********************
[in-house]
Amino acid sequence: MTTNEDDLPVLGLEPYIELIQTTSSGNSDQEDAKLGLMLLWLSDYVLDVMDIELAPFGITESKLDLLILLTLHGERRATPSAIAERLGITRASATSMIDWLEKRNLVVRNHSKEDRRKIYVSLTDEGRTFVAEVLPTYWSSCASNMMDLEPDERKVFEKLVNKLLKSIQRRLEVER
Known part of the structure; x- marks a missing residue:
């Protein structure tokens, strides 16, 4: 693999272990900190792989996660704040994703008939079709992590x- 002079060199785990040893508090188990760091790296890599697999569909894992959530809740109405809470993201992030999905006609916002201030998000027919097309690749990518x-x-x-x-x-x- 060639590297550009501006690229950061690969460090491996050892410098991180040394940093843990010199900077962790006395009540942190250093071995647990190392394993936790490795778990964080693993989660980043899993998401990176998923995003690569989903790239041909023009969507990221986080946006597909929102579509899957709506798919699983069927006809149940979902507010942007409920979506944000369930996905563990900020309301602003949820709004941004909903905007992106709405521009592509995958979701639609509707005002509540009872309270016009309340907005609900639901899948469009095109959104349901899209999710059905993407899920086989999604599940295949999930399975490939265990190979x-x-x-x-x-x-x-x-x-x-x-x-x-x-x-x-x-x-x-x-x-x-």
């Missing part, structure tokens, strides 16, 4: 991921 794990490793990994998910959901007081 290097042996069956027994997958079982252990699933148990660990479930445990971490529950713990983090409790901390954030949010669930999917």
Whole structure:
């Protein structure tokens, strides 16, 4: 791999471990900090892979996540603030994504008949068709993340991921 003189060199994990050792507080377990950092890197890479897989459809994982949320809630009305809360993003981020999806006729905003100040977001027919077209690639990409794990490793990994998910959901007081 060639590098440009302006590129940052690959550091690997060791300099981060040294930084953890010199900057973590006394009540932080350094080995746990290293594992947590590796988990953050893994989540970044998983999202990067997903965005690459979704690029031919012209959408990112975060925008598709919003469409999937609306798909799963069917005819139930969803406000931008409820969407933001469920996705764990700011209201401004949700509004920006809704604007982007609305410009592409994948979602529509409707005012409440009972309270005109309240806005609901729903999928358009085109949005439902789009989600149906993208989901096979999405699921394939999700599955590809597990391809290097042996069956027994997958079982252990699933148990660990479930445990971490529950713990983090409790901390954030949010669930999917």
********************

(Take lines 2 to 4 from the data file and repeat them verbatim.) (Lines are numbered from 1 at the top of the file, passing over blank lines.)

Amino acid sequence: MTTNEDDLPVLGLEPYIELIQTTSSGNSDQEDAKLGLMLLWLSDYVLDVMDIELAPFGITESKLDLLILLTLHGERRATPSAIAERLGITRASATSMIDWLEKRNLVVRNHSKEDRRKIYVSLTDEGRTFVAEVLPTYWSSCASNMMDLEPDERKVFEKLVNKLLKSIQRRLEVER
Known part of the structure; x- marks a missing residue:
């Protein structure tokens, strides 16, 4: 693999272990900190792989996660704040994703008939079709992590x- 002079060199785990040893508090188990760091790296890599697999569909894992959530809740109405809470993201992030999905006609916002201030998000027919097309690749990518x-x-x-x-x-x- 060639590297550009501006690229950061690969460090491996050892410098991180040394940093843990010199900077962790006395009540942190250093071995647990190392394993936790490795778990964080693993989660980043899993998401990176998923995003690569989903790239041909023009969507990221986080946006597909929102579509899957709506798919699983069927006809149940979902507010942007409920979506944000369930996905563990900020309301602003949820709004941004909903905007992106709405521009592509995958979701639609509707005002509540009872309270016009309340907005609900639901899948469009095109959104349901899209999710059905993407899920086989999604599940295949999930399975490939265990190979x-x-x-x-x-x-x-x-x-x-x-x-x-x-x-x-x-x-x-x-x-x-």